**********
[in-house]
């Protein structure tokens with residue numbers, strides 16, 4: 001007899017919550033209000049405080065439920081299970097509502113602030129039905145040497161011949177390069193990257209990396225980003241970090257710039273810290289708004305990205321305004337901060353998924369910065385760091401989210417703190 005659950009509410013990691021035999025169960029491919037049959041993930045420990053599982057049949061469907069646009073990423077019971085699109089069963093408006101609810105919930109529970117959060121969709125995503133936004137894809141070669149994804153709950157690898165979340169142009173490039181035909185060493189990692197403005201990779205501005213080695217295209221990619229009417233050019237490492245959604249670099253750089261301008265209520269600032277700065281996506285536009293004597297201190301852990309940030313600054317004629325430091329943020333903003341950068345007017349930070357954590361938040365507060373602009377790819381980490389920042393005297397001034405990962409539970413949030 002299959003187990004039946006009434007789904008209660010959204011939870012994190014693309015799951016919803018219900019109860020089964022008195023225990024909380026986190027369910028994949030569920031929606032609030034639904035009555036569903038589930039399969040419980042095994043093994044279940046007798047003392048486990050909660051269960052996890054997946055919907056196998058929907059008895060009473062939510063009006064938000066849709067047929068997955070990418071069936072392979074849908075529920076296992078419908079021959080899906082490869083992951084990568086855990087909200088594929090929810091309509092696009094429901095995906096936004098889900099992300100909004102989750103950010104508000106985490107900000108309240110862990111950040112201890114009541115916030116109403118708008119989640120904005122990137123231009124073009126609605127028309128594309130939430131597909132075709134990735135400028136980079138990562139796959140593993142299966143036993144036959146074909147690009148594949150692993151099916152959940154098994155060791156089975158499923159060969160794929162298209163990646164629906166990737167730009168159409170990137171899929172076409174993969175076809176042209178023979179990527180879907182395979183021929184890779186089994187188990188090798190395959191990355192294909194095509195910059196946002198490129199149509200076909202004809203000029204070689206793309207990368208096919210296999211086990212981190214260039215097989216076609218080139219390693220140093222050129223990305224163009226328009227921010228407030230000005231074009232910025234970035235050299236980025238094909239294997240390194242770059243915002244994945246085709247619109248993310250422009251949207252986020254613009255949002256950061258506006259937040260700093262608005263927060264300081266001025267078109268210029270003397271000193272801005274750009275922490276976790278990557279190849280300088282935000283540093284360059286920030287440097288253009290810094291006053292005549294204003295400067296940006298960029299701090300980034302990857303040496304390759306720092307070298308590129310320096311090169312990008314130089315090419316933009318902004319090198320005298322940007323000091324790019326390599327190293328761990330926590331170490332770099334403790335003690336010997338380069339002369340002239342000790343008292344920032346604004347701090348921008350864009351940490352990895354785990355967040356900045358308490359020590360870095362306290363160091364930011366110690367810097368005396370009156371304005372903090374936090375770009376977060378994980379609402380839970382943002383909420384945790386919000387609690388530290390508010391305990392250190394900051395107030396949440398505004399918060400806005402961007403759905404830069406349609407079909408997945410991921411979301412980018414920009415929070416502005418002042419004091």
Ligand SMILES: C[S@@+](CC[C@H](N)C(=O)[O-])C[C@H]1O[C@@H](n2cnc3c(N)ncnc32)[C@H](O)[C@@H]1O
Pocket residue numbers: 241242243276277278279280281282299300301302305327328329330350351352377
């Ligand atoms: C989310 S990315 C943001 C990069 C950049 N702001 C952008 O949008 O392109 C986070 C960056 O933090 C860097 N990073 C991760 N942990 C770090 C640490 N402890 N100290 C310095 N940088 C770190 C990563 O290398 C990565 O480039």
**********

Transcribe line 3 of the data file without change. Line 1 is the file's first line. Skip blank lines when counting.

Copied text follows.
Ligand SMILES: C[S@@+](CC[C@H](N)C(=O)[O-])C[C@H]1O[C@@H](n2cnc3c(N)ncnc32)[C@H](O)[C@@H]1O